On paper, David Wildstein’s title at the Port Authority of New York and New Jersey was “Director of Interstate Capital Projects.” But many who worked there knew his real job - a post created just for him in 2010 - was to further Republican Gov. Chris Christie’s agenda inside the agency.
That role gave Wildstein an influence that outstripped his bureaucratic title. He led efforts to give New Jersey officials more sway over authority operations. And he was seen as having unsurpassed connections to Christie’s inner circle.
Now, the man who was known as the administration’s eyes and ears at the Port Authority may be the public’s best chance of knowing the truth behind a plan last summer to purposely create days of traffic gridlock in Fort Lee, N.J., by choking off local access to the George Washington Bridge.
Wildstein, who pushed through the closures after receiving an email from a Christie aide saying, “Time for some traffic problems in Fort Lee,” has hinted in recent days that he might be willing to tell more about what the governor knew and when he knew it.
That break marks an abrupt reversal for an administration that defended Wildstein for years, even in the face of public and private criticism that he was over-politicizing the Port Authority, intimidating the staff and meddling in operations he didn’t oversee.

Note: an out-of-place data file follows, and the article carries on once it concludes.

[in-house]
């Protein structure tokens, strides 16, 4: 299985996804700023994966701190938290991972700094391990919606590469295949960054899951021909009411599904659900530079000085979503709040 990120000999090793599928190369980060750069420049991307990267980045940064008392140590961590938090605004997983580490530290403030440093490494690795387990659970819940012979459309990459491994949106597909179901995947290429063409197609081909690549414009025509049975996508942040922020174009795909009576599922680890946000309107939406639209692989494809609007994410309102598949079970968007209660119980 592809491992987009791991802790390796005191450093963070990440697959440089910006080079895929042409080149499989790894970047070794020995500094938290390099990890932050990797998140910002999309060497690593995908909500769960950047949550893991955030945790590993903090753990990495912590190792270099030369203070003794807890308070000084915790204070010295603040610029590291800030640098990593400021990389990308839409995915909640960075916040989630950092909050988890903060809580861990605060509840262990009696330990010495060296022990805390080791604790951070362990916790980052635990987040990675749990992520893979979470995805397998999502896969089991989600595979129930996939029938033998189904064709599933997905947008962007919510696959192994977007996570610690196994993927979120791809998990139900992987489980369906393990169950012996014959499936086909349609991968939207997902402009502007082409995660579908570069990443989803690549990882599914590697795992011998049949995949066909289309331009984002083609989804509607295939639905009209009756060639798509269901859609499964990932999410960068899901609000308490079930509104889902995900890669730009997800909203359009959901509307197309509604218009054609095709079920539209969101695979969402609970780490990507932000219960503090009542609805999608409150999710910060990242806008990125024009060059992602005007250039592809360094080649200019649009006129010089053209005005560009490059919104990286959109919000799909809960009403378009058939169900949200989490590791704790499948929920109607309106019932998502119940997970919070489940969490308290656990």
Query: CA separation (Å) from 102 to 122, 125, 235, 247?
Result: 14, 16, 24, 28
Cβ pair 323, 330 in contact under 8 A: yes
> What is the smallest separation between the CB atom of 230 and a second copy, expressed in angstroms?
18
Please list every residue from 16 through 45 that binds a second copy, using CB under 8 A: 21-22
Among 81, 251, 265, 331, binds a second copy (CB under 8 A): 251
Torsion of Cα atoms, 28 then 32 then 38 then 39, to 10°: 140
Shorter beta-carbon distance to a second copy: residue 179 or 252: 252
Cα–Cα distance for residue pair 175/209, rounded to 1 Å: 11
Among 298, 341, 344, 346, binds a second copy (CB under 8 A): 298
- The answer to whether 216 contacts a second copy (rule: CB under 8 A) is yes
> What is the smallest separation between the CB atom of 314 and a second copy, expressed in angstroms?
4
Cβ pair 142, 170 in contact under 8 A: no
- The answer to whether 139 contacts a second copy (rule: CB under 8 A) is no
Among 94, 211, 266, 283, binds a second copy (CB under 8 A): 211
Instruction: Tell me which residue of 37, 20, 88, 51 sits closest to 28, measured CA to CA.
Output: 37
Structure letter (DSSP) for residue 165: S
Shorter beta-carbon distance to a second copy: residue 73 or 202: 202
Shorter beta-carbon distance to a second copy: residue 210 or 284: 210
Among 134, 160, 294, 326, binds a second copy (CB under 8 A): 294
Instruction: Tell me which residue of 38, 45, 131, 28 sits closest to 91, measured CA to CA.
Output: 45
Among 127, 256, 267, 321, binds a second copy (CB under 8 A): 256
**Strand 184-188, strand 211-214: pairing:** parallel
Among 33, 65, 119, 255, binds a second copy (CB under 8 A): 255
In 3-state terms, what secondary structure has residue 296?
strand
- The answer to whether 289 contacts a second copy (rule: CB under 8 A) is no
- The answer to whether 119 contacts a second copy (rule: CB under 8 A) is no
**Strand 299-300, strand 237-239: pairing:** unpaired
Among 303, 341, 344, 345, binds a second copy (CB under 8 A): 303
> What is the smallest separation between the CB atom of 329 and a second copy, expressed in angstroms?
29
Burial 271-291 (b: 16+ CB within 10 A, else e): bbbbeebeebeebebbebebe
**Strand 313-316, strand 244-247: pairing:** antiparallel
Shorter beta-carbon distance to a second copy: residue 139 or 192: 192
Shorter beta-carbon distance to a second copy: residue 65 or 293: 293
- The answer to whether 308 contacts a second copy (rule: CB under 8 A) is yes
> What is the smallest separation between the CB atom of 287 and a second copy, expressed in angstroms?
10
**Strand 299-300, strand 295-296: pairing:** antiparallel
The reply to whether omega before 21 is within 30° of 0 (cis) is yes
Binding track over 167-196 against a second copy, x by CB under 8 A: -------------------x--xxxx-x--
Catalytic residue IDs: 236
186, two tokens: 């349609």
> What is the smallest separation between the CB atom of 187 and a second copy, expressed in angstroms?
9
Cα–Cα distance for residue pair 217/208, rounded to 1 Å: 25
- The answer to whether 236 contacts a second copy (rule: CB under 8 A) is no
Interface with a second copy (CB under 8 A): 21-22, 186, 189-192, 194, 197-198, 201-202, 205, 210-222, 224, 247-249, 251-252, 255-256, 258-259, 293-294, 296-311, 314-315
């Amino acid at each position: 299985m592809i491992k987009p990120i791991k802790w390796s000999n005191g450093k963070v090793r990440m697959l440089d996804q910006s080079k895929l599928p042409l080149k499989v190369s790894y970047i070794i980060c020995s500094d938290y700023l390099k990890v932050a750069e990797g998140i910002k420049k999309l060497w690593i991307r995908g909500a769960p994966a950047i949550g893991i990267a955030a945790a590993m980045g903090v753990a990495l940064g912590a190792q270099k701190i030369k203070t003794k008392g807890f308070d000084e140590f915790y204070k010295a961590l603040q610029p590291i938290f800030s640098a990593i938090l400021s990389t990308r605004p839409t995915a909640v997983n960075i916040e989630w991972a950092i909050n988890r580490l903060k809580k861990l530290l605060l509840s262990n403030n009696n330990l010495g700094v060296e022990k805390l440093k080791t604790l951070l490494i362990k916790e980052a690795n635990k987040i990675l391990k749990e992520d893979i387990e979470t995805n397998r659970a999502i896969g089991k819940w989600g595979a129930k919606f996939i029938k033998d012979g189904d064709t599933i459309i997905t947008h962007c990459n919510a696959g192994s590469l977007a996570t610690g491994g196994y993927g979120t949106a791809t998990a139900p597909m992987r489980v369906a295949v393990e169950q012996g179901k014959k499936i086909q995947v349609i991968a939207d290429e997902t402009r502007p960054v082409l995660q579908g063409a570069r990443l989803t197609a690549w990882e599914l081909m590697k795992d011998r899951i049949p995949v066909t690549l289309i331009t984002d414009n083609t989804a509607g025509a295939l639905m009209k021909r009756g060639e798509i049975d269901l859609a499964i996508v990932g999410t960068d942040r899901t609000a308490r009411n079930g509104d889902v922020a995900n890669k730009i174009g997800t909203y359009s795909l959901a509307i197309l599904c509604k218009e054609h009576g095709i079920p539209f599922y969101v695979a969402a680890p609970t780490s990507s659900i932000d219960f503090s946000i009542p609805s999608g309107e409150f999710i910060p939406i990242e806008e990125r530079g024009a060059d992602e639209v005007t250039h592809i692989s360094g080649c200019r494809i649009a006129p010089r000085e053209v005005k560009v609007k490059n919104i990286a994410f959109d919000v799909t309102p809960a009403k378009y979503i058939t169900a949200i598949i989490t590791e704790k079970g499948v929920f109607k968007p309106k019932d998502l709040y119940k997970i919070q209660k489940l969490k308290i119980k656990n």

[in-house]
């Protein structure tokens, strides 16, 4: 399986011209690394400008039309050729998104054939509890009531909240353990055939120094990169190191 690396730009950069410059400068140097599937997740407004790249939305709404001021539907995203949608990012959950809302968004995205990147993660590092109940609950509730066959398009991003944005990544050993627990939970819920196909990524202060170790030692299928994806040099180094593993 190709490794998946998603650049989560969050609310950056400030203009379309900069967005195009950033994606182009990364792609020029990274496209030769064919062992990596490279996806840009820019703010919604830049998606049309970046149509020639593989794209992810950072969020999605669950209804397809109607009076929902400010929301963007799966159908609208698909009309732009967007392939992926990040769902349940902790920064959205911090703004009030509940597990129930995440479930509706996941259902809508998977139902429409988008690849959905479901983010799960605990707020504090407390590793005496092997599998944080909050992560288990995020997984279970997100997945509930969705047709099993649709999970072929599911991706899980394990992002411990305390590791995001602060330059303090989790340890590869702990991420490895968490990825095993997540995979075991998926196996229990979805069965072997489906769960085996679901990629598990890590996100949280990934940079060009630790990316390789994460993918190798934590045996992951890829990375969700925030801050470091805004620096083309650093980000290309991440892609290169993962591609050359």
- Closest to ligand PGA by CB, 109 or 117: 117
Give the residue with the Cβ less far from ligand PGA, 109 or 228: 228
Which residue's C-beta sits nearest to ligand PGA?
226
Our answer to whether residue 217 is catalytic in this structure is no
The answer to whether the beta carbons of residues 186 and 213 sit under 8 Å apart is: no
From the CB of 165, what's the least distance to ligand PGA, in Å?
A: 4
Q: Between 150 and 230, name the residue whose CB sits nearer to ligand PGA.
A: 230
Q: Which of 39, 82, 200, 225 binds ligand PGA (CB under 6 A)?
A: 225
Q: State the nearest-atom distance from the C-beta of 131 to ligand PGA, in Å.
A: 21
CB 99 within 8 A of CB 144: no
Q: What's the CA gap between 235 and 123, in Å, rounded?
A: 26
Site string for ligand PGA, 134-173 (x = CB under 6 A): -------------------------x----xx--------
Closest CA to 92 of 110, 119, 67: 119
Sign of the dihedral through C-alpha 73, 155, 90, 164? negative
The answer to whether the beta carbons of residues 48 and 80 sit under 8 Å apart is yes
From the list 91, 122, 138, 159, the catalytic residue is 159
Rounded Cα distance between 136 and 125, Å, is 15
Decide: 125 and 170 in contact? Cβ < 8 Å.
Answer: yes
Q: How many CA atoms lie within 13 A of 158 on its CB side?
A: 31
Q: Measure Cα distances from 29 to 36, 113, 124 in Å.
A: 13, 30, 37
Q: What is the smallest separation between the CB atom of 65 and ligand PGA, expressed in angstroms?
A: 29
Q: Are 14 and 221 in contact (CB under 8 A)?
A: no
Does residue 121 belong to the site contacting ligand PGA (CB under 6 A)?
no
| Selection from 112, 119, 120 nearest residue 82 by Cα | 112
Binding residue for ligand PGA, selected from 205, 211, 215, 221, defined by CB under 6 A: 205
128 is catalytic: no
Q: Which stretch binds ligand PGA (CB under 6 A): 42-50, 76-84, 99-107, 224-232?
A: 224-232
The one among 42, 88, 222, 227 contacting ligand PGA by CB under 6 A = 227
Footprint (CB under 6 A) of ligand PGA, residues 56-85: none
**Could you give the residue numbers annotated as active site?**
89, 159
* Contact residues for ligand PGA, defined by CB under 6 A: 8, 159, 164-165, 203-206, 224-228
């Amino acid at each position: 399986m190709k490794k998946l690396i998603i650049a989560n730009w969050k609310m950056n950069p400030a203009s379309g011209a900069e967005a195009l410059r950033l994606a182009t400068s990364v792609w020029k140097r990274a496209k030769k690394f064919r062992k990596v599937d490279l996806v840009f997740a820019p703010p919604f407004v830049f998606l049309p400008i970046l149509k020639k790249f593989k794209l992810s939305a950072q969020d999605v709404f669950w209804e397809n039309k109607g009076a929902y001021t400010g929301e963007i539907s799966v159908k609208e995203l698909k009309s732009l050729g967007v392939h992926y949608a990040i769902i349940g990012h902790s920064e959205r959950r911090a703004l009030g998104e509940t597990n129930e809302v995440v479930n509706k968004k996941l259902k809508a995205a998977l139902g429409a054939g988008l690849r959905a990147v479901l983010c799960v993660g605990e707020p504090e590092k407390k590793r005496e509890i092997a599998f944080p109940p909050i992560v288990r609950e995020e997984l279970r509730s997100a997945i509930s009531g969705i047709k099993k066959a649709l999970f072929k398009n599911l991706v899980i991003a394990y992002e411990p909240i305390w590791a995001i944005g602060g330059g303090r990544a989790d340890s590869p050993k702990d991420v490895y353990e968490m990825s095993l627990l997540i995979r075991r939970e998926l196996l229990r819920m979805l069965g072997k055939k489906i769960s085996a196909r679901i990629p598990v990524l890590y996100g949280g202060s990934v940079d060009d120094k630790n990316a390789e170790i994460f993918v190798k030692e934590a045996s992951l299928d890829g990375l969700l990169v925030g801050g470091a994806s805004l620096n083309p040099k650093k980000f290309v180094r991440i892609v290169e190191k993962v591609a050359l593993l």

At the time, he had no background in transportation or public works. His previous job had been as the anonymous political blogger, known as Wally Edge, behind the influential website PolitickerNJ.
Under his leadership, the site became known for nonpartisan scoops on New Jersey political news. A former reporter there, Brian Murphy, said in an piece on the blog Talking Points Memo that Wildstein was “a fiercely loyal editor and advocate” - albeit one he never actually met. Wildstein was so secretive, even his employees didn’t know his identity.
While still a student, Wildstein ran for a spot on the local school board - a campaign marred by a teacher’s accusation that the teenager had tricked him into signing an endorsement letter published in the town newspaper. In the mid-1980s, he had a stint on the Livingston town council and served a year as its mayor.
Christie now says the two barely knew each other.
“David and I were not friends in high school,” Christie said in a news conference Jan. 9. “We didn’t travel in the same circles in high school. You know, I was the class president and athlete. I don’t know what David was doing during that period of time … We went 23 years without seeing each other. And in the years we did see each other, we passed in the hallways.”
At the Port Authority, Wildstein became a central figure in a revived power struggle between people installed by the Christie administration and officials who reported back to the governor of New York.